Talmadge Magno, Administrator of the Hawaii County Civil Defense, is one official urging that people prepare for the threats volcanoes pose people on the island. In an interview with Honolulu KHON2-TV this week, Magno said, “All the people that live on its slopes, you know, some portion of that 50%, those people could be affected,” Magno said. “I live on the slopes of Mauna Loa. I have to be aware of that potential for my where I live, where I work.”
Hawaii County Civil Defense has developed an Emergency Preparedness web page with information on how to prepare a family, a home, and/or a business for potential disasters that could strike –a volcano being one of them.
“The most important thing you can do is to have a personal response plan,” says the USGS. Document what you’d do when a volcano erupts and make sure your family and friends are aware of what that plan is.
USGS suggests getting a “go bag” in order. “Nowadays, people pack “go” bags containing essential items in case you have to leave your house under an evacuation order. You may want to include important documents, like your birth certificate, deeds, legal papers, and medications.”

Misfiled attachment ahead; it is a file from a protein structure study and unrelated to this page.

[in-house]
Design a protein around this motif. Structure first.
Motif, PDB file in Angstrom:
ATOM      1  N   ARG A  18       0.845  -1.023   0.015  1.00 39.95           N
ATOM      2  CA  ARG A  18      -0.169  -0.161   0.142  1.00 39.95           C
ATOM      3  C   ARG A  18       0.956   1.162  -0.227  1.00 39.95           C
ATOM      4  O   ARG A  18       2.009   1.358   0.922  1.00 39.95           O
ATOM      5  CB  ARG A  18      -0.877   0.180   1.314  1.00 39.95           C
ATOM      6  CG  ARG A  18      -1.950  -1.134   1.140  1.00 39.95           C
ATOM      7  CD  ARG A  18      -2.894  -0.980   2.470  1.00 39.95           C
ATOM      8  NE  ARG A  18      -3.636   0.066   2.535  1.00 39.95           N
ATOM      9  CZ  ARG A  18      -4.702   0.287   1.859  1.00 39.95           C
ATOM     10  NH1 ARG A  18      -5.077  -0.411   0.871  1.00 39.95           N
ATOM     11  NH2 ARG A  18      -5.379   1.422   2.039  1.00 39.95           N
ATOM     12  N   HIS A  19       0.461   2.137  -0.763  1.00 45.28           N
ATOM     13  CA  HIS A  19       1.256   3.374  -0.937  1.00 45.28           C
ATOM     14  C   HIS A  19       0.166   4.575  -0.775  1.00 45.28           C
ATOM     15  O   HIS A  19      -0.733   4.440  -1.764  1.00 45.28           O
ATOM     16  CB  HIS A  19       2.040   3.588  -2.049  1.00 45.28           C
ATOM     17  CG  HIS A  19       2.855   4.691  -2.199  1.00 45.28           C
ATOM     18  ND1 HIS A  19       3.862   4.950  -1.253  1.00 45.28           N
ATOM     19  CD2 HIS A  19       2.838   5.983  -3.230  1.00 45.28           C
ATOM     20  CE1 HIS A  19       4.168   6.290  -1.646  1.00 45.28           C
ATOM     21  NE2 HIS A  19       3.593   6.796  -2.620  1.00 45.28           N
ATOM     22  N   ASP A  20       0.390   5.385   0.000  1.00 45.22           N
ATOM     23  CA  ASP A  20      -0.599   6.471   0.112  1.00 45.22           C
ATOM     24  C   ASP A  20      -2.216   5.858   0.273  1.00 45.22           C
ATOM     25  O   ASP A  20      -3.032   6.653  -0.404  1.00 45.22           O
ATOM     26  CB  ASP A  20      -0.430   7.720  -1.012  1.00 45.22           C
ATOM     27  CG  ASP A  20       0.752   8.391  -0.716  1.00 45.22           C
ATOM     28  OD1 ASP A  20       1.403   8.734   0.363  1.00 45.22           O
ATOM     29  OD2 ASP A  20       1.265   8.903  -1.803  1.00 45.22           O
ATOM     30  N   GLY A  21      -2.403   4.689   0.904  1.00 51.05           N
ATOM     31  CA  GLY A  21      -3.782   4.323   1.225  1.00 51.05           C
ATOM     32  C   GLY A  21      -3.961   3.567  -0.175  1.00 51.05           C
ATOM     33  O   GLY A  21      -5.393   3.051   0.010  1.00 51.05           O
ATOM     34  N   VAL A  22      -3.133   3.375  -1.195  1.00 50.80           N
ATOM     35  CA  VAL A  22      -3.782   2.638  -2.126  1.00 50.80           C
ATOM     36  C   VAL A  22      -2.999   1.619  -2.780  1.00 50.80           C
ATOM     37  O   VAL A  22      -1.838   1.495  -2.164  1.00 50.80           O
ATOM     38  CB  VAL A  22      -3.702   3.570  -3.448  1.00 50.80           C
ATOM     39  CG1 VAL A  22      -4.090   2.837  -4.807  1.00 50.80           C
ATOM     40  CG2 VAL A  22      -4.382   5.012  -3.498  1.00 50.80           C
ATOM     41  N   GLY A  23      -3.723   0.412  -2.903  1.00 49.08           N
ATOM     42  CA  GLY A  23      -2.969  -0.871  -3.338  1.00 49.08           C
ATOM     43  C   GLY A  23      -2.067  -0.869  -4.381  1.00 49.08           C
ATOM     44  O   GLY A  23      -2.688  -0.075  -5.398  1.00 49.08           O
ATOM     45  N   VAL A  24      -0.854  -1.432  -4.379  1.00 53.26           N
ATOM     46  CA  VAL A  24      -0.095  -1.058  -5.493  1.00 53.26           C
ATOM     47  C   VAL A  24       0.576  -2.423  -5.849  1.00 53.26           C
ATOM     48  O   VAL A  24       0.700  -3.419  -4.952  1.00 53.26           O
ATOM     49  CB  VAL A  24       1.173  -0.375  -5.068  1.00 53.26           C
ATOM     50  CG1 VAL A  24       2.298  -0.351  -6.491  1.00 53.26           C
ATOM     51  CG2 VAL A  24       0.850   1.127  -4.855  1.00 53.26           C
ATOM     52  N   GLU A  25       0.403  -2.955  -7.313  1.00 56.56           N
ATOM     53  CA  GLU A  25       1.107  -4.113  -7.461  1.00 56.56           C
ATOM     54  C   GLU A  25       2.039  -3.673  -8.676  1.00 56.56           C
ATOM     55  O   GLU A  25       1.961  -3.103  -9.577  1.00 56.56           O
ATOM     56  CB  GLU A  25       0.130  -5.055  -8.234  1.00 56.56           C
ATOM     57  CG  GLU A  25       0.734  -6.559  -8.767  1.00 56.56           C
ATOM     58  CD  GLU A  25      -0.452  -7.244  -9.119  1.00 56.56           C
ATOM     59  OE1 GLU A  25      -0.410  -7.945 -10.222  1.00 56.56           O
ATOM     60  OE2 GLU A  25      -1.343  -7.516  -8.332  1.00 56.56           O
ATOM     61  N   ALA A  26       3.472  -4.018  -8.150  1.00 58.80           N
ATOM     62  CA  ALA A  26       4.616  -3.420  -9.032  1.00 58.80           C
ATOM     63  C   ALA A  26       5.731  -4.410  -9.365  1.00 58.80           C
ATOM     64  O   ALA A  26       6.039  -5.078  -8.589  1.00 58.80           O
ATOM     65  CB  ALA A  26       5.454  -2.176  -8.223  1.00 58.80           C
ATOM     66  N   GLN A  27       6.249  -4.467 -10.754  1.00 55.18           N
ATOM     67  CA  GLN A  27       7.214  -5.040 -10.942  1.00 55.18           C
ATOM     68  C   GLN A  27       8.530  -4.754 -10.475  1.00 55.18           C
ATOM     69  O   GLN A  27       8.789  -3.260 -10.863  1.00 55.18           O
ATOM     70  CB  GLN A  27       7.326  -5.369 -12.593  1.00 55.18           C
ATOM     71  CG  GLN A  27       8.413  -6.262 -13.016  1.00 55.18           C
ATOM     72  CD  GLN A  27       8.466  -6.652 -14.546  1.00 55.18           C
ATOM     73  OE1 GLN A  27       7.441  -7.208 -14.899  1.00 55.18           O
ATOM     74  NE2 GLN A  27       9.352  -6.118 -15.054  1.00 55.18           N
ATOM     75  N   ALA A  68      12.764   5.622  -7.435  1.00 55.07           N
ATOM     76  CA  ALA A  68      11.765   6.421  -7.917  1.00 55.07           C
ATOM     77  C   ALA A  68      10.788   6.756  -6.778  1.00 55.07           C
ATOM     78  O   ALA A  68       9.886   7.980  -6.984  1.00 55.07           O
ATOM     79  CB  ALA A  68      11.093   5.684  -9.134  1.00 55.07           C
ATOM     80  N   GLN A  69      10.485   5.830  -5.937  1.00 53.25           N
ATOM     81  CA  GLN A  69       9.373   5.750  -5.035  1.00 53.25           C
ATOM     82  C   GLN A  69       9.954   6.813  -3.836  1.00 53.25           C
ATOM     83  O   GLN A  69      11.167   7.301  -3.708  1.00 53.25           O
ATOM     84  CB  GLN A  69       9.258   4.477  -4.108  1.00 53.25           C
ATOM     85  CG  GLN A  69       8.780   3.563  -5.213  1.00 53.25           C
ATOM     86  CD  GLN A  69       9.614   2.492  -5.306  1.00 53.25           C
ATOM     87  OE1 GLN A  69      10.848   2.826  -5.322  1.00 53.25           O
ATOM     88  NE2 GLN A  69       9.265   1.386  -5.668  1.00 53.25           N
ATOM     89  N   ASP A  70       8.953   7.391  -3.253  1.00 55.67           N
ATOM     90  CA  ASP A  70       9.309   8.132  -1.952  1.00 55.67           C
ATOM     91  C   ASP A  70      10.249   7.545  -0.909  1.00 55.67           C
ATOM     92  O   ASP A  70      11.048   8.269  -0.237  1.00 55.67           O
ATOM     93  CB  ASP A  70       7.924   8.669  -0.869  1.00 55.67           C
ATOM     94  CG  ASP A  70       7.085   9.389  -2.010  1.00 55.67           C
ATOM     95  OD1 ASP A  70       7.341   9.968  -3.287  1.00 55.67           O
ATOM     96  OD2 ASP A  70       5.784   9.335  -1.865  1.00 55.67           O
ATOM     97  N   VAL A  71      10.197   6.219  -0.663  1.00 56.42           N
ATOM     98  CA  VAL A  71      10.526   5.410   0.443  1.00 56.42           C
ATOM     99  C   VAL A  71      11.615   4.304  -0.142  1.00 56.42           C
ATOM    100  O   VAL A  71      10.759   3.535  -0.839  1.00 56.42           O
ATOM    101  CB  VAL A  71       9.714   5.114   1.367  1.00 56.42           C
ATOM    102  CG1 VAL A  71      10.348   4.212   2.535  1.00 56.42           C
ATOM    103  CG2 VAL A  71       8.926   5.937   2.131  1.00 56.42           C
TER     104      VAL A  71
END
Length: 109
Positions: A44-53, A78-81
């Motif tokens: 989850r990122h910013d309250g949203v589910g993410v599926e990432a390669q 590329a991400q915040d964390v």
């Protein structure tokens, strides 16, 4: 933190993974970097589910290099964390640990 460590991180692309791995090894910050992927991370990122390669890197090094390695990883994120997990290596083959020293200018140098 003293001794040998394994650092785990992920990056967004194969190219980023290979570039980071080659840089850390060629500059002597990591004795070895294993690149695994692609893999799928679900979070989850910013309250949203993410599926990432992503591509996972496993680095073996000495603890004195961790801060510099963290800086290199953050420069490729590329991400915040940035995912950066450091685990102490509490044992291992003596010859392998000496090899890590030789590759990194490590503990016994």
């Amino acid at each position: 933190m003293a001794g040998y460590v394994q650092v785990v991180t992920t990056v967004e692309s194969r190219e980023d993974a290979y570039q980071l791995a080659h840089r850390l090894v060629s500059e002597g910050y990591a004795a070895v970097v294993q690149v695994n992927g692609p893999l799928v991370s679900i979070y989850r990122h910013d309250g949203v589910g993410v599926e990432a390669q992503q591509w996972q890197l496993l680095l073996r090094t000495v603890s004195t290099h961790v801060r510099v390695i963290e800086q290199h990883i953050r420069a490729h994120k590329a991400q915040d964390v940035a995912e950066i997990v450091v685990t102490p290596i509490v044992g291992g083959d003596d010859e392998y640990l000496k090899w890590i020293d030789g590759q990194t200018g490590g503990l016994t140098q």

USGS says people in Hawaii should develop plans that factor in different types of days and time of day: if family members are at work or school at specific times, the plan should address what people should do and how they should communicate if an eruption occurs when people aren’t home. USGS says, “It is useful to also have a communication plan, so you can be in touch with those you care about.”